September 16, 2002
If a record is broken and no one notices, did it really happen?
As I write this, the Giants and Dodgers are playing (Brian Jordan just hit a grand slam to make it 4-3 Dodgers) and Barry Bonds has walked 2 times in his first 2 plate appearances, bringing his season walk total to 178.
So what, you ask?
Well, 178 walks is a new major league record!
That's right, Barry Bonds just broke the major league record for walks in a season and no one even seems to have noticed (besides me of course).
For those of you who are wondering, Bonds previously held the major league record with 177 walks last season.
So Bonds already has 178 walks this season and he still has 12 games left to play (plus the rest of tonight's game).
He could conceivably walk 200 times this season.
He would need to walk about 22 times (depending on if he walks again tonight) in the next 12 games.
That sounds unlikely, but so far this year he has averaged about 1.33 walks per game played, and that counts the games in which he appeared only as a pinch hitter, which he is not likely to do again this year.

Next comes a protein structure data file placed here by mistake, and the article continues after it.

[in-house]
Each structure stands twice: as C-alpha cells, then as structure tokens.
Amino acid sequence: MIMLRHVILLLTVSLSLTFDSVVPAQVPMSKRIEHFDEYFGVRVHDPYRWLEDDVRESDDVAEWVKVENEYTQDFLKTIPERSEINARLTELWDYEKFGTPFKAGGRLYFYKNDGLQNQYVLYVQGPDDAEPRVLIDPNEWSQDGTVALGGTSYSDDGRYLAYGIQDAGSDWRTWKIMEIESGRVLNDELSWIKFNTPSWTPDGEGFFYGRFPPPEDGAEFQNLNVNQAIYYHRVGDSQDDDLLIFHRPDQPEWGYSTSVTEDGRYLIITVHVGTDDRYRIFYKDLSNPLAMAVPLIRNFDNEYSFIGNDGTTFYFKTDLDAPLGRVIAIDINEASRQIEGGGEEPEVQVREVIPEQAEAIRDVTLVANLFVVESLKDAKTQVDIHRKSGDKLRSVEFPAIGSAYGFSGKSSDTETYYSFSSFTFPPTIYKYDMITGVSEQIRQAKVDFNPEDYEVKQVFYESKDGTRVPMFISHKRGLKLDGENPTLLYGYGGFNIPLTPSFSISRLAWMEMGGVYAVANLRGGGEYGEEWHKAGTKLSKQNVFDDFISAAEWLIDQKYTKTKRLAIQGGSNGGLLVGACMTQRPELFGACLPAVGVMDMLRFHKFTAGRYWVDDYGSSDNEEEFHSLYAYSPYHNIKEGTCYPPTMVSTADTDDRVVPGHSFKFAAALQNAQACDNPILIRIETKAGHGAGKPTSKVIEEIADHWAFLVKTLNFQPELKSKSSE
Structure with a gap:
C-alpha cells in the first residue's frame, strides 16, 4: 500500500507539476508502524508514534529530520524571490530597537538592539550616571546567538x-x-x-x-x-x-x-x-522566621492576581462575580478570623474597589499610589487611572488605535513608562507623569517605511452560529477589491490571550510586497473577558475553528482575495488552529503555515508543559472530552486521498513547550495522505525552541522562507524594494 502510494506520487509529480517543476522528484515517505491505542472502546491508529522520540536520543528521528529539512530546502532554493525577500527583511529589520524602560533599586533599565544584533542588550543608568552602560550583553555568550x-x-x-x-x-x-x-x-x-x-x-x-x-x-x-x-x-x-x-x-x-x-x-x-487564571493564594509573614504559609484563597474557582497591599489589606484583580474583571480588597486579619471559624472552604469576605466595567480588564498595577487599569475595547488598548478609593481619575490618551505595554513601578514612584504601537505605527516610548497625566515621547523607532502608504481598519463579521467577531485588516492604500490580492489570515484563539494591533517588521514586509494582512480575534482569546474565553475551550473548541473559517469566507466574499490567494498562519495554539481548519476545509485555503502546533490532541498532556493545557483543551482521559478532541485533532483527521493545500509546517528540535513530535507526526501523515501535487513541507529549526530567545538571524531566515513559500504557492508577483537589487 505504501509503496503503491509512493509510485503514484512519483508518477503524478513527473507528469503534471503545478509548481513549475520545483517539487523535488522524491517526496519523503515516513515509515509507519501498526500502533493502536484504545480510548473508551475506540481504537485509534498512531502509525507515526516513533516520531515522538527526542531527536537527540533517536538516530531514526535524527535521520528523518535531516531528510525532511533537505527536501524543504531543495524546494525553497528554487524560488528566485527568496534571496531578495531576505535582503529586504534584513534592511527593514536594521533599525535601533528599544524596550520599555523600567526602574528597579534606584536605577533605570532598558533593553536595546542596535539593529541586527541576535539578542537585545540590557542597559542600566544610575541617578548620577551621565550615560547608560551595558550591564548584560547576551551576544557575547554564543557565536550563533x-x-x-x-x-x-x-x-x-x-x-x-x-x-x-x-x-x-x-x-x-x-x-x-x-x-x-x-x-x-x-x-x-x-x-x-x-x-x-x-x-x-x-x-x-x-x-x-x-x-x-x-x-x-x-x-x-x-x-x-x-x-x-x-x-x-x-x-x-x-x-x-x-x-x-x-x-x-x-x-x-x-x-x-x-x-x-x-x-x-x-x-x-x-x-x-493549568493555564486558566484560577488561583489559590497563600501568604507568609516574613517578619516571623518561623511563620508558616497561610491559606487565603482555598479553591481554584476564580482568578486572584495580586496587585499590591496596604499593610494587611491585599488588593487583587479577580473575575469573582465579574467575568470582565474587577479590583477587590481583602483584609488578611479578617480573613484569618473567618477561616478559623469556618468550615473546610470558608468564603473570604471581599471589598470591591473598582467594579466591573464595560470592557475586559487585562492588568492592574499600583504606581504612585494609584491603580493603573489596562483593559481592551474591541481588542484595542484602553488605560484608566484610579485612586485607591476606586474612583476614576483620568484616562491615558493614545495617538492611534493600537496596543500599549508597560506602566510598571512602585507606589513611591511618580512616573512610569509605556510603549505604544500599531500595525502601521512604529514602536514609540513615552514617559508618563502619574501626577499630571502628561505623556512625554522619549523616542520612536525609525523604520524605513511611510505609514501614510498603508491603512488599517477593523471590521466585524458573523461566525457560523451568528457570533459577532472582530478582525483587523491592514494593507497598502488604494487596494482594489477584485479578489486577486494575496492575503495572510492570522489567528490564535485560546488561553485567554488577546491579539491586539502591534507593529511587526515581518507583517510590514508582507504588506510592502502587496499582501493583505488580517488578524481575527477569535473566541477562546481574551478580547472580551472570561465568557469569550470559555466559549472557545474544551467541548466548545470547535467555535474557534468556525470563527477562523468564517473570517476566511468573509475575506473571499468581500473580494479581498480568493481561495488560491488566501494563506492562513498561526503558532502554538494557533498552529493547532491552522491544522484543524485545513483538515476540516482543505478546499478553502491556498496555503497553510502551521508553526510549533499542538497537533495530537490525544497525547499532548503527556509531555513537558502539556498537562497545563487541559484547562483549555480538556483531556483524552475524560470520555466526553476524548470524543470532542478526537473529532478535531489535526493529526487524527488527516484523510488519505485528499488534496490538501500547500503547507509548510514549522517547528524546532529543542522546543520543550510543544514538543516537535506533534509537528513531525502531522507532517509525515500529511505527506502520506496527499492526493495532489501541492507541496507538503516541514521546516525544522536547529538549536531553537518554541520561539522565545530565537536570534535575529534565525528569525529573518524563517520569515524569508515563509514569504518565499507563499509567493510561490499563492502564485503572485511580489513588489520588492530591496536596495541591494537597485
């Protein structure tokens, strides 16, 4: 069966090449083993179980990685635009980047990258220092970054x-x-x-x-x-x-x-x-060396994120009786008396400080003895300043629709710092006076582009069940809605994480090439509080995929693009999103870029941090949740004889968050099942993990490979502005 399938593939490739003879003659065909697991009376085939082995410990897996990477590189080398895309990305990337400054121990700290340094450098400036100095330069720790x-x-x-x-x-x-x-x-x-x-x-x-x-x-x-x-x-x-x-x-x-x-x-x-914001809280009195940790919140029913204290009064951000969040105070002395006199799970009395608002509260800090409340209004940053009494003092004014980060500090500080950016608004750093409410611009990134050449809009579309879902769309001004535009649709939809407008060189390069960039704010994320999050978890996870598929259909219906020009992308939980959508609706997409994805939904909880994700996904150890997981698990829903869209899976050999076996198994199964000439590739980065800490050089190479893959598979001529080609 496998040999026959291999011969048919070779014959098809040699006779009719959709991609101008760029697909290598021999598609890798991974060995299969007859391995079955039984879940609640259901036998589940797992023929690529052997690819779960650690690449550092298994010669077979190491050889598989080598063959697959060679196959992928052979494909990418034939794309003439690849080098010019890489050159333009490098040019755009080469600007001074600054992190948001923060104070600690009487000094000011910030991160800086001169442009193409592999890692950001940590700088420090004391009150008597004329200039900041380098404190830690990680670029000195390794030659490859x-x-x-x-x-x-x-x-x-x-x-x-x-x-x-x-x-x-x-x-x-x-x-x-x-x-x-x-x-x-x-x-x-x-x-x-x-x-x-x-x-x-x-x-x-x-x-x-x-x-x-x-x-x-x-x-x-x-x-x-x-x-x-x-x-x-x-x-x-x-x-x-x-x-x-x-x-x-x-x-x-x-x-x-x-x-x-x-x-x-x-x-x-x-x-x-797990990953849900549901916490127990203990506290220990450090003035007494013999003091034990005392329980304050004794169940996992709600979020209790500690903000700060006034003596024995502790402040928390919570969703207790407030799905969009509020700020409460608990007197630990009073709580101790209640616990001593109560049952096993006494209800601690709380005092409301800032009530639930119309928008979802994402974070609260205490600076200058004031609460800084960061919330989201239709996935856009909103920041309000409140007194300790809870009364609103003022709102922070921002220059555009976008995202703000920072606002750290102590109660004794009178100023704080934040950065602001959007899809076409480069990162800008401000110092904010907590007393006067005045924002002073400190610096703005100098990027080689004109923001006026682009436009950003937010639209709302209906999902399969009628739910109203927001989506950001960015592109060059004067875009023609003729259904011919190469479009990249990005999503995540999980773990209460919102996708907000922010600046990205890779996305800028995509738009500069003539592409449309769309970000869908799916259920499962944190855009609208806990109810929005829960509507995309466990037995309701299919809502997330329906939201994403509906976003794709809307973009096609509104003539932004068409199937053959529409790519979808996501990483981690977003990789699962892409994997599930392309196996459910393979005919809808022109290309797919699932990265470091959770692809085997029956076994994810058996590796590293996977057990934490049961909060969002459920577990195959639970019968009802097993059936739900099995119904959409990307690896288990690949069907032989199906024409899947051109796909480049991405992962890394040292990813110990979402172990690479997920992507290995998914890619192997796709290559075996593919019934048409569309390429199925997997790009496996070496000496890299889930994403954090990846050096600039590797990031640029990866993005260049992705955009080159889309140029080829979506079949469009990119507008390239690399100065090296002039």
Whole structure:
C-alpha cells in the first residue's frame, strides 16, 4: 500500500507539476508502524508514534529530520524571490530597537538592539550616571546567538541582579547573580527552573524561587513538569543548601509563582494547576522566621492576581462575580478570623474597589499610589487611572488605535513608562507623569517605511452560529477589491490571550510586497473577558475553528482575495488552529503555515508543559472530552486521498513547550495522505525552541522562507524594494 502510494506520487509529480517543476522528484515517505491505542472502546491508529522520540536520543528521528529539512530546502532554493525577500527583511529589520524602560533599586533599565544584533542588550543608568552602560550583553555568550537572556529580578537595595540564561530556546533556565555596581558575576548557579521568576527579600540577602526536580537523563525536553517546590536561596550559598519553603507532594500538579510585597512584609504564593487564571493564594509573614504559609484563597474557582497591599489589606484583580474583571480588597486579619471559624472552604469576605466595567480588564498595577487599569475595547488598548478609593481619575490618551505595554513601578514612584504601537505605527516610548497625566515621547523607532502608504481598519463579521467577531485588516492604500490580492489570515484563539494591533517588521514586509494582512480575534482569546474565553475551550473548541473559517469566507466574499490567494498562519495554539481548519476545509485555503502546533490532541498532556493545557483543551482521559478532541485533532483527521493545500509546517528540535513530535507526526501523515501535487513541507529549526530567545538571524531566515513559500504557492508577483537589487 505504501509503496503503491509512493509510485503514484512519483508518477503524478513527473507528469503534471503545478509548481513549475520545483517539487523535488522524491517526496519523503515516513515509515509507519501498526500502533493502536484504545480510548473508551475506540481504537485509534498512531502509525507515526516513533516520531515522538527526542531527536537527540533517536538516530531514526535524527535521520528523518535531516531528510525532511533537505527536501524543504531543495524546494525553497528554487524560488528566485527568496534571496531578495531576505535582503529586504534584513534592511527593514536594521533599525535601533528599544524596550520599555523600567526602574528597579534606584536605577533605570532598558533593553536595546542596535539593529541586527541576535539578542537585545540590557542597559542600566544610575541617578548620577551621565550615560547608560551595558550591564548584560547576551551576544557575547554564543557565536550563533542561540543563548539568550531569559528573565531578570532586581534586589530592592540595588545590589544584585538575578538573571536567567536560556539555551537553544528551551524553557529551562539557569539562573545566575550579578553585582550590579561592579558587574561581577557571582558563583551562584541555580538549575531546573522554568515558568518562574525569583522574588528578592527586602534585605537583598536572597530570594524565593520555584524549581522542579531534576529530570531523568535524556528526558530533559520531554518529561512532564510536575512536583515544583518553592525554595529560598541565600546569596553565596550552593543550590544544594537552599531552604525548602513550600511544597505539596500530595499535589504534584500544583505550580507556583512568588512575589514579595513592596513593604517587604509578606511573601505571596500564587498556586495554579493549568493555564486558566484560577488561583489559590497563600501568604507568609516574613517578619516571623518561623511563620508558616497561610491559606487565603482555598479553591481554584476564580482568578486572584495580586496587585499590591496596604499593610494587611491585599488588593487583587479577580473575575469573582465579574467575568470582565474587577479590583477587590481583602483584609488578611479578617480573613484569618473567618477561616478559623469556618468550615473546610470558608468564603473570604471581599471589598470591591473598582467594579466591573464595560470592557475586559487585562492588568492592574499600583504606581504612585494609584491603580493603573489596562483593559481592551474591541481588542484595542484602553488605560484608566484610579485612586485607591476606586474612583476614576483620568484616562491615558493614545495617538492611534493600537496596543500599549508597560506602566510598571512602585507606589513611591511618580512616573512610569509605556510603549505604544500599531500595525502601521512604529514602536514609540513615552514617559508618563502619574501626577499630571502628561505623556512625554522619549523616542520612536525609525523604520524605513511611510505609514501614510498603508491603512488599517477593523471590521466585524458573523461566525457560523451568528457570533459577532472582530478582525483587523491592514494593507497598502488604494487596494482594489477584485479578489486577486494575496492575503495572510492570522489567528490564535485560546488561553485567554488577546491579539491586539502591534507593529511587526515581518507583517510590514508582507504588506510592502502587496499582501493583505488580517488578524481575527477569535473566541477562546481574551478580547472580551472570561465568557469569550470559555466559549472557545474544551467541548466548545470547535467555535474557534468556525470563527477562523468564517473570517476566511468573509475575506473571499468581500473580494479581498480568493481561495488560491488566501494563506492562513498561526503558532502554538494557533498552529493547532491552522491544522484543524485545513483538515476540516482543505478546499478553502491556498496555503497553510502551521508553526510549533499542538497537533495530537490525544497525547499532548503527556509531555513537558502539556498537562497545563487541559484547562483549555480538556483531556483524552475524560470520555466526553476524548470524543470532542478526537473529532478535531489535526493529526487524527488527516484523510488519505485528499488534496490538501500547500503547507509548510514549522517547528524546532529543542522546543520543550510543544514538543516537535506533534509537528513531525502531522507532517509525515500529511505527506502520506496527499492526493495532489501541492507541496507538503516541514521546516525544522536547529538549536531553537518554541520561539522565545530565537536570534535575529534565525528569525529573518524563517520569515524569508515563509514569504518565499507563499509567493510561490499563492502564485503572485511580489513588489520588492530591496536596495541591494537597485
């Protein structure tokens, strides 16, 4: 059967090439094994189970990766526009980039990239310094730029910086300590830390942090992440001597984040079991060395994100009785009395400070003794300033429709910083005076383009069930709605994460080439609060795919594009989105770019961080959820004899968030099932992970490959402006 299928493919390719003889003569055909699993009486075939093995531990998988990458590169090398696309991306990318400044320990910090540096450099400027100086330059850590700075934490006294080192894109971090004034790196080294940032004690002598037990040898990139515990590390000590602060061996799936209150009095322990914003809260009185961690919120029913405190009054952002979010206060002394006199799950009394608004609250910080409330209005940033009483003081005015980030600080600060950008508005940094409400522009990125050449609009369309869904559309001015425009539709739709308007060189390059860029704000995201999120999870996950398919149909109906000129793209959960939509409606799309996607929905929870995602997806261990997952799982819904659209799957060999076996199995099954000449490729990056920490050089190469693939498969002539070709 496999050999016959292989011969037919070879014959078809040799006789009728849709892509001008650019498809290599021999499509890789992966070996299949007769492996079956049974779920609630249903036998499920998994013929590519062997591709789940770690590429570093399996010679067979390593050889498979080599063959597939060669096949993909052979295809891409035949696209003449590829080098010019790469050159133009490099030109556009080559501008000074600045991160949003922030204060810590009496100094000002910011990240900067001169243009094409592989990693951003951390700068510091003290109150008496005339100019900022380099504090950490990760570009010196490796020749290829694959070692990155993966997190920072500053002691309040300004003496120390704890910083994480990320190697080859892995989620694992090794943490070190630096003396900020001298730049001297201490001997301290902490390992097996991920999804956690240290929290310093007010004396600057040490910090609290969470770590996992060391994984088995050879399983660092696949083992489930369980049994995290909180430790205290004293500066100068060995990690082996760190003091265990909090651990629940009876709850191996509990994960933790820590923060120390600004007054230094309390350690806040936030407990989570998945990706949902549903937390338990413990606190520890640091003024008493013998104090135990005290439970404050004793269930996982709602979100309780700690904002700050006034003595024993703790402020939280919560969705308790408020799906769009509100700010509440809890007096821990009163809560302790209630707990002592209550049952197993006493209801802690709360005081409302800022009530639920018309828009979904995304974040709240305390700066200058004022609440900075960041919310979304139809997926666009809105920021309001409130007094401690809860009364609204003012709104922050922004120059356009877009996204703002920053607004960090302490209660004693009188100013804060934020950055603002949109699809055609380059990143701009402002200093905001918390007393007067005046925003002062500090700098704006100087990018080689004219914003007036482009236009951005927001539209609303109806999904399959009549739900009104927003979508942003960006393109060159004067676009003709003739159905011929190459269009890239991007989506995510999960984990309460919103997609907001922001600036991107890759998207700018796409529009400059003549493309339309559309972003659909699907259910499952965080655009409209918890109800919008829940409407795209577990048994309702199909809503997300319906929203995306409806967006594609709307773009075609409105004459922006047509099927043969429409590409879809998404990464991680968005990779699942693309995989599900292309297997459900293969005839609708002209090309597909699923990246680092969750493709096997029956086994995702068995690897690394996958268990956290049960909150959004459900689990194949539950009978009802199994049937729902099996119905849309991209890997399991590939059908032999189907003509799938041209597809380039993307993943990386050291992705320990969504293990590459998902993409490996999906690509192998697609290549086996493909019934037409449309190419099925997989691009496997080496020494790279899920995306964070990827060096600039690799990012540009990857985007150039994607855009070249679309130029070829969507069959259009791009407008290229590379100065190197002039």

If he plays in all 12 games the rest of this year, I would give him about a 50/50 chance of reaching 200 walks.
While we are talking about major records being broken that no one seems to have noticed, Barry Bonds is also likely going to break the all-time record for on-base % in a season.
The record is currently held by Ted Williams, who, in 1941, hit .406 and walked 147 times on his way to a .553 on-base %.
Bonds is currently hitting .372 and has walked 178 times, which adds up to a .579 on-base %.
So, the all-time record seems to be in great danger.
Barry Bonds has traded in a couple of dozen home runs from last year for a about a dozen more walks and about a 50 point hike in batting average, which results in him having one of the (relatively) quiet great seasons of all-time.
In fact, if I had a gun to my head (has anyone been forced to decide a baseball related issue with a gun to their head?) I think I would pick Bonds' 2002 season over his 2001 season.
What he is doing is simply amazing and it is funny how a guy can set the all-time record for walks and on-base % while hitting about .375 and be having a pretty quiet season as far as media attention, just because he hits a few less home runs.